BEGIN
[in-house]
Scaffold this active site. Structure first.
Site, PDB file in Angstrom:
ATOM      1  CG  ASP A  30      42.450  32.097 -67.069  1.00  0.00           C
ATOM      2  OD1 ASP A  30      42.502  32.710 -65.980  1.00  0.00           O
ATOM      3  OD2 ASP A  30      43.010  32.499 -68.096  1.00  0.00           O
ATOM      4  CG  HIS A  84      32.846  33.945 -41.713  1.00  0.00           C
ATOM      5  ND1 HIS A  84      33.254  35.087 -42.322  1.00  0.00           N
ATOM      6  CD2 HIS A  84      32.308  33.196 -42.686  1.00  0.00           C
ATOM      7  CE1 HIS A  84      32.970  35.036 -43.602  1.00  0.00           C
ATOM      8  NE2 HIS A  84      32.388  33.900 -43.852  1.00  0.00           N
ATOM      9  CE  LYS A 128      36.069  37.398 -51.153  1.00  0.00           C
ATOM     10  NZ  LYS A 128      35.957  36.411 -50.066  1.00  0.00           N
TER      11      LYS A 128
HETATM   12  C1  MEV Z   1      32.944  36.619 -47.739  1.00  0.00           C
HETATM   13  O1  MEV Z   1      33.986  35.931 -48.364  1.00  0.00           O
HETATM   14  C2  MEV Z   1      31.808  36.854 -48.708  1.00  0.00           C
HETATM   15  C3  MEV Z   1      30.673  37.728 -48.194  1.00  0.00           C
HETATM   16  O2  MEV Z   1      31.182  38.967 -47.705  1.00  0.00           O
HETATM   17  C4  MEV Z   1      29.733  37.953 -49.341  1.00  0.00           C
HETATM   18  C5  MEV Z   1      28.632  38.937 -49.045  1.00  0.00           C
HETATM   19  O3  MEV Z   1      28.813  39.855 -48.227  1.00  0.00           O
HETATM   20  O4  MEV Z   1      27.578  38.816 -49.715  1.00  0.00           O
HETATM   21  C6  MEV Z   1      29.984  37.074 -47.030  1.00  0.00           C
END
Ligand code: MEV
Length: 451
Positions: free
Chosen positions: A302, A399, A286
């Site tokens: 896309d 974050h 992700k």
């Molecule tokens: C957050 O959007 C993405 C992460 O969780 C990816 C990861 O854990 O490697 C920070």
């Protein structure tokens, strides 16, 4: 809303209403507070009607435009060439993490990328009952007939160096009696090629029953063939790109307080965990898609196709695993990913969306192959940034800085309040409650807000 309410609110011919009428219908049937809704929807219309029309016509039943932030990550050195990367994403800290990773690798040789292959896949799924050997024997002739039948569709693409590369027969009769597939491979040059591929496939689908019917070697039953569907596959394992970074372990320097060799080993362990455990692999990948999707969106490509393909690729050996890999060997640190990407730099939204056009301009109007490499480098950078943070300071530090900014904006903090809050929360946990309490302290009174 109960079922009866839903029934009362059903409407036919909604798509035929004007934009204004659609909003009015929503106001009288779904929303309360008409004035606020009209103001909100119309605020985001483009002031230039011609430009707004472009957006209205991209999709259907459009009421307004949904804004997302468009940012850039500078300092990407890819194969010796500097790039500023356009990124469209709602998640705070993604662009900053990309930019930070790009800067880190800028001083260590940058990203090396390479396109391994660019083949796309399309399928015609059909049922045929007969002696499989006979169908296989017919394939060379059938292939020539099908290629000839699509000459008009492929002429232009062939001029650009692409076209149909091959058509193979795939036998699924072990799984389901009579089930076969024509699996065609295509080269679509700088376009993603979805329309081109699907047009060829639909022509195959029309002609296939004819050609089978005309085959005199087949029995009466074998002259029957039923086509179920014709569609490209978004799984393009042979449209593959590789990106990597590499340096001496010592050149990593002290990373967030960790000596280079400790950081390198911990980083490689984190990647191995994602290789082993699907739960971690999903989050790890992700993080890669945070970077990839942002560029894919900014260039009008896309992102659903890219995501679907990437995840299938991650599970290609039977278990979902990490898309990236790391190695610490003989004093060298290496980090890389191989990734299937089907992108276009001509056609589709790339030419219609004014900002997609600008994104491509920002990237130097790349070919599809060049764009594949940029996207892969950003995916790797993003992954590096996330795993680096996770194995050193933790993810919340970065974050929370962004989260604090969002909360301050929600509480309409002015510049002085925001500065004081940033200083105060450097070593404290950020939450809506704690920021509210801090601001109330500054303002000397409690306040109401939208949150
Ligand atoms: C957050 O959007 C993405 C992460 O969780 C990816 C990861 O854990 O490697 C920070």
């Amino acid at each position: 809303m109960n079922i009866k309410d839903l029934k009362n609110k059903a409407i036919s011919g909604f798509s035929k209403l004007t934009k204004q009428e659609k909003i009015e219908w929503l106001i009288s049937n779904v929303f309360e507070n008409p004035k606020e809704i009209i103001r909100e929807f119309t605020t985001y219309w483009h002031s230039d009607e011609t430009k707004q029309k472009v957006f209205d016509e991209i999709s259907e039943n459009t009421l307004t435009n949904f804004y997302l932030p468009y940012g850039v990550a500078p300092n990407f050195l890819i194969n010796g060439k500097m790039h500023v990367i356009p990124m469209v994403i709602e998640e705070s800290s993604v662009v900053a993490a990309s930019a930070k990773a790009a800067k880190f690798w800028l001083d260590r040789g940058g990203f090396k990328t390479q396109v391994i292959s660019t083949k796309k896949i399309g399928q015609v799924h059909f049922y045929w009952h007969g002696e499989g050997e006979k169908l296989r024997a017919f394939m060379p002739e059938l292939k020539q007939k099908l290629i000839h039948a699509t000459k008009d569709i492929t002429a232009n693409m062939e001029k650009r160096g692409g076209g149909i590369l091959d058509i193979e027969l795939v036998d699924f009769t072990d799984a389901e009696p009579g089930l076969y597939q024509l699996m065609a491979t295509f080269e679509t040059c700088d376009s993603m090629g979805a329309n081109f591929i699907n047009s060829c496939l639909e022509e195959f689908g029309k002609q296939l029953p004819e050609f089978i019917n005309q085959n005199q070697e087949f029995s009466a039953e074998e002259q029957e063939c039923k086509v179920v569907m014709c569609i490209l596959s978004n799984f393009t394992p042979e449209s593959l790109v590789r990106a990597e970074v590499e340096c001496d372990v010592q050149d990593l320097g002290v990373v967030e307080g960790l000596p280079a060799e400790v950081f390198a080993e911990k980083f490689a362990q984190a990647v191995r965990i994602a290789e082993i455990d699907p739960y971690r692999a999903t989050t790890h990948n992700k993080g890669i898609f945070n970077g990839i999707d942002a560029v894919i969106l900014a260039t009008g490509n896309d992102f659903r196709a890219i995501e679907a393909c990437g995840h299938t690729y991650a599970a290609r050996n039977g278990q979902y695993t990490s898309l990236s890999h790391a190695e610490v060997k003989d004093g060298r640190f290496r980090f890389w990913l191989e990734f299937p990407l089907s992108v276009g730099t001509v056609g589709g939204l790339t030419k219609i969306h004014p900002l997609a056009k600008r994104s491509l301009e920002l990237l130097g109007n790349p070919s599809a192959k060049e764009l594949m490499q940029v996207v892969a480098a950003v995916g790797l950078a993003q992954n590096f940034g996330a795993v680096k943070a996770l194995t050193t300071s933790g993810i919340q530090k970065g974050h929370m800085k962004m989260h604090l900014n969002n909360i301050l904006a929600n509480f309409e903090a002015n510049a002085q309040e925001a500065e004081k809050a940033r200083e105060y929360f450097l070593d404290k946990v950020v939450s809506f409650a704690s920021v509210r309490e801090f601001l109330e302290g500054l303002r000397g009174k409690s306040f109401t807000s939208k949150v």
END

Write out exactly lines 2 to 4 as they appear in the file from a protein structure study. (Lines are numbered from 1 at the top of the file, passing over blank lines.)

Scaffold this active site. Structure first.
Site, PDB file in Angstrom:
ATOM      1  CG  ASP A  30      42.450  32.097 -67.069  1.00  0.00           C